Jimmy Butler and the Miami Heat put on a defensive clinic in Game 3 of their first-round playoff series against the New York Knicks, holding them to just 88 points and a paltry 40% shooting from the field. Butler led the way with his trademark intensity and disruptive instincts, but it was a team effort all around, as the Heat swarmed the Knicks with traps and double-teams, contested every shot, and closed out effectively on shooters. The end result was a dominant 20-point victory that put Miami on the doorstep of a series sweep.
One of the keys to the Heat’s defensive success was their ability to limit the production of Julius Randle, the Knicks’ All-Star power forward. Randle had been a force in the first two games of the series, averaging 24 points, 12 rebounds, and six assists per game, but he was neutralized by Miami’s focused and aggressive defense. Bam Adebayo drew the primary assignment on Randle and used his quickness and length to deny him easy looks and force him into tough shots. The Heat also sent timely doubles and traps at Randle, making it hard for him to get comfortable and build momentum. By the end of the game, Randle had scored just 15 points on 6-of-17 shooting, and had committed six turnovers.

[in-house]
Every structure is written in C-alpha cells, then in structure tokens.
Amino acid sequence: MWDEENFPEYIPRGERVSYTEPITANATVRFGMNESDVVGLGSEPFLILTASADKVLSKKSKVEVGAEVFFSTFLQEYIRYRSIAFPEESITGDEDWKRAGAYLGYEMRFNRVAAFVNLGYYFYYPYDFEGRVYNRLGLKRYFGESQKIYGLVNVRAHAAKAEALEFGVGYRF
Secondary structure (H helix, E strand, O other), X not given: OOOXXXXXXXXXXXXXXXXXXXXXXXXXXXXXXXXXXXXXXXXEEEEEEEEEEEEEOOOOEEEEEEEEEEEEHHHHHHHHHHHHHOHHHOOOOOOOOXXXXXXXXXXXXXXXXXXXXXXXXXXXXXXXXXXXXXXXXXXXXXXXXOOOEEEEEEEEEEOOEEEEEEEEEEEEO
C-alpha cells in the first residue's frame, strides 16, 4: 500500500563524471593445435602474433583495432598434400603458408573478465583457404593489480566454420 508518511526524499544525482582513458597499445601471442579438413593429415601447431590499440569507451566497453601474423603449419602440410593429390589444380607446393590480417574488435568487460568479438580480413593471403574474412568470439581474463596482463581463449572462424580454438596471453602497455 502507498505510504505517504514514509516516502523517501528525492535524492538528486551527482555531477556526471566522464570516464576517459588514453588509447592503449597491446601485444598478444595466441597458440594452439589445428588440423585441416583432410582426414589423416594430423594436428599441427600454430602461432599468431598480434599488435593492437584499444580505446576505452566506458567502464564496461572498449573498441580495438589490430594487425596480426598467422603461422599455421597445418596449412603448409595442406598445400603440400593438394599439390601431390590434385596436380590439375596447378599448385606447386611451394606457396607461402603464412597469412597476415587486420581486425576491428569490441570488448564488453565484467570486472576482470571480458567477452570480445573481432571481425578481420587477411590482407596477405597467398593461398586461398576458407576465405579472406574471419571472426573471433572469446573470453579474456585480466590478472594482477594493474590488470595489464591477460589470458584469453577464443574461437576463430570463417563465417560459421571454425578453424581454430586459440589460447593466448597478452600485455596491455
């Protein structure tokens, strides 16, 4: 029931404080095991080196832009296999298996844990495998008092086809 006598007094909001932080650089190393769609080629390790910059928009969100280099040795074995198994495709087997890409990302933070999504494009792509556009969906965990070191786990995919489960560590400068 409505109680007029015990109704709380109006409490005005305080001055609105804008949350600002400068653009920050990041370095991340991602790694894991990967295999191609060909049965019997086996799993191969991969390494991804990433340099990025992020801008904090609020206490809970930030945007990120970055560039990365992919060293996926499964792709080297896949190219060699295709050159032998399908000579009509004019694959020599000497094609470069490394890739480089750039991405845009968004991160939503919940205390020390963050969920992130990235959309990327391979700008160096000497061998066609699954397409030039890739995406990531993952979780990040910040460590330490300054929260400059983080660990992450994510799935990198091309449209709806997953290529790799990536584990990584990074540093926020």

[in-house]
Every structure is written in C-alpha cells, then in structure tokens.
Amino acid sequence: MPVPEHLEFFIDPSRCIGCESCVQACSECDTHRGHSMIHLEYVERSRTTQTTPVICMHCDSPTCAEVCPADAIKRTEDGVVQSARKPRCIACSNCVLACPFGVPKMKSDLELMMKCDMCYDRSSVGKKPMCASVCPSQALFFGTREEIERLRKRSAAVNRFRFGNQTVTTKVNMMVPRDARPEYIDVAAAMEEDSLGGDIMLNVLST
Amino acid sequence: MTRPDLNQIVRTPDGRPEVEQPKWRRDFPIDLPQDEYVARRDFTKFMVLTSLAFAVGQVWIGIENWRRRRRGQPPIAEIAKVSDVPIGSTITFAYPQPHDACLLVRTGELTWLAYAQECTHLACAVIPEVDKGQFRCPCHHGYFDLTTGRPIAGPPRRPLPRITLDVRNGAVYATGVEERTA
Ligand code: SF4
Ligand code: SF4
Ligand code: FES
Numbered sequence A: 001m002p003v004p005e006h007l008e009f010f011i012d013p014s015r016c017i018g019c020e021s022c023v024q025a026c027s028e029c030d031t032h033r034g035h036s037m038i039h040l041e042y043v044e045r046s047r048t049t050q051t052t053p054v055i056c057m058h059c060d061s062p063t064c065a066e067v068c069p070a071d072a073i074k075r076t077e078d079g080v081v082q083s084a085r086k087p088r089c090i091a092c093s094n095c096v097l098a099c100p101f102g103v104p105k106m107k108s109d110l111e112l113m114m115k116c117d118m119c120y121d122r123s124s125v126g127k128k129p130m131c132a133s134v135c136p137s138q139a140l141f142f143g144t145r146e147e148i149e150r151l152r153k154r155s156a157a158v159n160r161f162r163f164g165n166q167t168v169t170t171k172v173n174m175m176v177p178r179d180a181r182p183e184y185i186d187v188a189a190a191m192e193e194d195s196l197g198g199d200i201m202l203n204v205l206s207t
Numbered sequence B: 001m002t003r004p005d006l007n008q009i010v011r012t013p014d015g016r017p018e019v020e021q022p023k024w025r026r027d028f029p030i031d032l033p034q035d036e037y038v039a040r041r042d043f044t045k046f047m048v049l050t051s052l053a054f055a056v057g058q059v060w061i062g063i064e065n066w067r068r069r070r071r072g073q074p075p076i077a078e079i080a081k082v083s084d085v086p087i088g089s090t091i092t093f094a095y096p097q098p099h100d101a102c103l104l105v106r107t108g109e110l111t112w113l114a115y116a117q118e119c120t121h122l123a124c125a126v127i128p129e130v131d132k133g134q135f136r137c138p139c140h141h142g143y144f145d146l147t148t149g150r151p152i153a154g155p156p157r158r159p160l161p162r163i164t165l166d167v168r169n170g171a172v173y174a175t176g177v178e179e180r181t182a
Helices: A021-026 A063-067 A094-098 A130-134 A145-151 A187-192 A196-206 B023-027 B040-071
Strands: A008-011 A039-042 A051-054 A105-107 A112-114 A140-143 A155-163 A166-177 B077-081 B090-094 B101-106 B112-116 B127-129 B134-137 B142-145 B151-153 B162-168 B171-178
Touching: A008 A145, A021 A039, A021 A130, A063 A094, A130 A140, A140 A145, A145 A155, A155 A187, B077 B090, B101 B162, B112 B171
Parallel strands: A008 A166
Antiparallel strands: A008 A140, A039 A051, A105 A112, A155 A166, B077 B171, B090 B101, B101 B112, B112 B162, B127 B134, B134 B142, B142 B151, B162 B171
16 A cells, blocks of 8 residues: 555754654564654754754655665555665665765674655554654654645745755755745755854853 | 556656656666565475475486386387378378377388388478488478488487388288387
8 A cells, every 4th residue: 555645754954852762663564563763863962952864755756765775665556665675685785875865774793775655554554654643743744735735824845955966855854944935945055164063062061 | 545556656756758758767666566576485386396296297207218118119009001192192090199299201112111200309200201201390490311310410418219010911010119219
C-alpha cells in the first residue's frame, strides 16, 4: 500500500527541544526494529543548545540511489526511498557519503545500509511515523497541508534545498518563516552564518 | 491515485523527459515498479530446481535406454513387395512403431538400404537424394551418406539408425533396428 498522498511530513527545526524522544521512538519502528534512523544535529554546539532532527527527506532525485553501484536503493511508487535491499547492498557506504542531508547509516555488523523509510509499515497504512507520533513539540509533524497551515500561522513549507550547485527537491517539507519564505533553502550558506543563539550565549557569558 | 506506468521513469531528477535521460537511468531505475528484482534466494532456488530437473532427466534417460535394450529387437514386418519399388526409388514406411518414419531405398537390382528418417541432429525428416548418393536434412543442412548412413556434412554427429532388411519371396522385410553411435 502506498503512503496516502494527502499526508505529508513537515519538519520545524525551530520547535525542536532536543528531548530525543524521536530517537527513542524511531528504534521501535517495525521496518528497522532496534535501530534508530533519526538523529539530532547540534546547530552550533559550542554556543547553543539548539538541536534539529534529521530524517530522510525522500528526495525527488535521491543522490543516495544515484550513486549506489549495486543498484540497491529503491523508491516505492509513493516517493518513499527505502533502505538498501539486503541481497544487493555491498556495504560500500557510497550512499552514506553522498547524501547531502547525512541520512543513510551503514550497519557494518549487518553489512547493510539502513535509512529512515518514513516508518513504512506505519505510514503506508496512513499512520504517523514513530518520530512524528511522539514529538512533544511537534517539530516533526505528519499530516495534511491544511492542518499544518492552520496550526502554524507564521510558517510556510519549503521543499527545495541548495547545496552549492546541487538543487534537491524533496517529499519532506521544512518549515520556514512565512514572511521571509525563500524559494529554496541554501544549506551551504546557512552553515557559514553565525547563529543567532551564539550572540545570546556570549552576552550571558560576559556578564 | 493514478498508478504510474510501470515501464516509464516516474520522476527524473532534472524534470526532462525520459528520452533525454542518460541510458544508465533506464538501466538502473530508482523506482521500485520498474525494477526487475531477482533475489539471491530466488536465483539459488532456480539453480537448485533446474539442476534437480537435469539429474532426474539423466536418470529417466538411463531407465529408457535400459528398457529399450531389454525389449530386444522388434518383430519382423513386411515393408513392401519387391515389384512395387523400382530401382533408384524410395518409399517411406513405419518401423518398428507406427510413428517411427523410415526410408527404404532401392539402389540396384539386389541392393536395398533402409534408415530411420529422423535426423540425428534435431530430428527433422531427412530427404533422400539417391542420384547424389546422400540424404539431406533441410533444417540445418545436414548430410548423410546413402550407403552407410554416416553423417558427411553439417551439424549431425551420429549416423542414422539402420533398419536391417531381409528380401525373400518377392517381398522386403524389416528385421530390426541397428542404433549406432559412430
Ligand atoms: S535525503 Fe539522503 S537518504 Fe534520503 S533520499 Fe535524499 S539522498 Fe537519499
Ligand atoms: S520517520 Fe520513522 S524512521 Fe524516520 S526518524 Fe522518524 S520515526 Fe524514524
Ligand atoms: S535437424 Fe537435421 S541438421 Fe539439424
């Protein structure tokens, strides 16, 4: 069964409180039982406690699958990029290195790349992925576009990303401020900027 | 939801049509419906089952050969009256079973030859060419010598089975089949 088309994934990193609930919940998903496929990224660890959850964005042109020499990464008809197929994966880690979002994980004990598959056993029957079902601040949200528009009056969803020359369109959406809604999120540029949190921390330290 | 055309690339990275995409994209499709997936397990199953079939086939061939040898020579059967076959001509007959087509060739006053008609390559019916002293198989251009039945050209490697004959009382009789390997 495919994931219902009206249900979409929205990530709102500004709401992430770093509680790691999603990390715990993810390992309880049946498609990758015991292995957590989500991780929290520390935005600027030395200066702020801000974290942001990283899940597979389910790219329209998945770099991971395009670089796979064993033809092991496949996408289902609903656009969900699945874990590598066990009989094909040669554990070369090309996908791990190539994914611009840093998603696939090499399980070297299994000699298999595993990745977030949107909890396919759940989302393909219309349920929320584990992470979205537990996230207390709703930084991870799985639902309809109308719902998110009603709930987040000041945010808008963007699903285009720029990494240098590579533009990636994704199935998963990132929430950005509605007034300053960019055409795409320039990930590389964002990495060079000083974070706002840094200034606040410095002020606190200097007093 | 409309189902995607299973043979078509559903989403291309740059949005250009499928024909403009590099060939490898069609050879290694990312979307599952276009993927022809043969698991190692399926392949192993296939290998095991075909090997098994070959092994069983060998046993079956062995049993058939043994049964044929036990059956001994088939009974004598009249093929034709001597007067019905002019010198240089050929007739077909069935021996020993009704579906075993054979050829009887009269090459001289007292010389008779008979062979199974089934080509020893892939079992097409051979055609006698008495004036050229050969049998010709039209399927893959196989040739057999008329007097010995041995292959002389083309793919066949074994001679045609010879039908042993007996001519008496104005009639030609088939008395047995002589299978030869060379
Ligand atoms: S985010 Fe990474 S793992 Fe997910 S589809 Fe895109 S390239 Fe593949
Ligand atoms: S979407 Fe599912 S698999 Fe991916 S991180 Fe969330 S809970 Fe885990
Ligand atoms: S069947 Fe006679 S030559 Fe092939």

Another factor that contributed to the Heat’s defensive lockdown was their ability to snuff out New York’s perimeter scoring threats. In Game 2, the Knicks had hit 15 three-pointers and kept themselves in the game despite Randle’s struggles. But in Game 3, Miami held them to just 8-of-31 shooting from beyond the arc, suffocating their shooters with frenetic rotations and contested closeouts. The Heat’s guards and wings did an excellent job of staying attached to New York’s shooters and blowing up their handoffs and screens, while also swarming the paint to prevent easy drives and finishes. As a result, the Knicks’ offense looked out of sync and disjointed for most of the game, unable to generate any sustained stretches of success.
Despite the lopsided scoreline, the Heat know that they can’t get complacent or underestimate the Knicks in Game 4. New York is a gritty and determined team that won’t go down without a fight, and they still have plenty of talent and tenacity on their roster. But Miami’s defensive dominance in Game 3 was a testament to their focus and execution, and if they can replicate that effort in Game 4 and beyond, they could be a dangerous team to face in the later rounds of the playoffs. The Heat have always been a team built on toughness and defense, and in Game 3, they showed why that formula can still be so effective in today’s NBA.